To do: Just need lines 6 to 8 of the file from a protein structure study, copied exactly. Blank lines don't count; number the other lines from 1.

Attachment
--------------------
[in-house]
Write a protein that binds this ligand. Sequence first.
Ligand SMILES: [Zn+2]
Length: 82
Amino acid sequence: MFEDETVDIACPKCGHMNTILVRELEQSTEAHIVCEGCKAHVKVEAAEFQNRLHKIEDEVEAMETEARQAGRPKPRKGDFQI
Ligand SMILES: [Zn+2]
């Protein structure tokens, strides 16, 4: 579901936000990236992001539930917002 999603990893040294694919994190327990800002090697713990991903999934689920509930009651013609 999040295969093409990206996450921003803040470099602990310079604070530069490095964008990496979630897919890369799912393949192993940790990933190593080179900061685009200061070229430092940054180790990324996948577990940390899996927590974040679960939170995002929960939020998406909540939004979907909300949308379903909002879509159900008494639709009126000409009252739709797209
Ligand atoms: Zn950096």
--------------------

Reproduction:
Ligand SMILES: [Zn+2]
């Protein structure tokens, strides 16, 4: 579901936000990236992001539930917002 999603990893040294694919994190327990800002090697713990991903999934689920509930009651013609 999040295969093409990206996450921003803040470099602990310079604070530069490095964008990496979630897919890369799912393949192993940790990933190593080179900061685009200061070229430092940054180790990324996948577990940390899996927590974040679960939170995002929960939020998406909540939004979907909300949308379903909002879509159900008494639709009126000409009252739709797209
Ligand atoms: Zn950096």